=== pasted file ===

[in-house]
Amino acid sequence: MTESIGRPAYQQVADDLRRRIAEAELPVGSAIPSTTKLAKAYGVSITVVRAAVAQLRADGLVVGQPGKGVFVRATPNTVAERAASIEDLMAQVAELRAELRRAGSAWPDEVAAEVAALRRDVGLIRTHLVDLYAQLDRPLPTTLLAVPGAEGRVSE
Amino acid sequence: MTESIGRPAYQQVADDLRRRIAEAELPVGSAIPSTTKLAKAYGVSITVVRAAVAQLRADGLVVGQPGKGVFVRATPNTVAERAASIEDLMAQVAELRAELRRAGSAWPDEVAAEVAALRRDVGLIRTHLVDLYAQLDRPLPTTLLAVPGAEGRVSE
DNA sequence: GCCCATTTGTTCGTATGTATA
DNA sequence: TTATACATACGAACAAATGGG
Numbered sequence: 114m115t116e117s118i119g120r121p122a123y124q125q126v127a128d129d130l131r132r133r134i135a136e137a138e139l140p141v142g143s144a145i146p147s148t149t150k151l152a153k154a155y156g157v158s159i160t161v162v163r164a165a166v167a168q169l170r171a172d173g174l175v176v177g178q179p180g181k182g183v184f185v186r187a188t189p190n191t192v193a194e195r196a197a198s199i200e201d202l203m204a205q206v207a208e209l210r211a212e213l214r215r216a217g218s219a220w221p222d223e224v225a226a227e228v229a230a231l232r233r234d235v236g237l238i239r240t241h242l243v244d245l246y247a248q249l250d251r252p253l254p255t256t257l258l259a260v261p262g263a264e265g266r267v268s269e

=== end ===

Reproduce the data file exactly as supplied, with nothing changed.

[in-house]
Amino acid sequence: MTESIGRPAYQQVADDLRRRIAEAELPVGSAIPSTTKLAKAYGVSITVVRAAVAQLRADGLVVGQPGKGVFVRATPNTVAERAASIEDLMAQVAELRAELRRAGSAWPDEVAAEVAALRRDVGLIRTHLVDLYAQLDRPLPTTLLAVPGAEGRVSE
Amino acid sequence: MTESIGRPAYQQVADDLRRRIAEAELPVGSAIPSTTKLAKAYGVSITVVRAAVAQLRADGLVVGQPGKGVFVRATPNTVAERAASIEDLMAQVAELRAELRRAGSAWPDEVAAEVAALRRDVGLIRTHLVDLYAQLDRPLPTTLLAVPGAEGRVSE
DNA sequence: GCCCATTTGTTCGTATGTATA
DNA sequence: TTATACATACGAACAAATGGG
Numbered sequence: 114m115t116e117s118i119g120r121p122a123y124q125q126v127a128d129d130l131r132r133r134i135a136e137a138e139l140p141v142g143s144a145i146p147s148t149t150k151l152a153k154a155y156g157v158s159i160t161v162v163r164a165a166v167a168q169l170r171a172d173g174l175v176v177g178q179p180g181k182g183v184f185v186r187a188t189p190n191t192v193a194e195r196a197a198s199i200e201d202l203m204a205q206v207a208e209l210r211a212e213l214r215r216a217g218s219a220w221p222d223e224v225a226a227e228v229a230a231l232r233r234d235v236g237l238i239r240t241h242l243v244d245l246y247a248q249l250d251r252p253l254p255t256t257l258l259a260v261p262g263a264e265g266r267v268s269e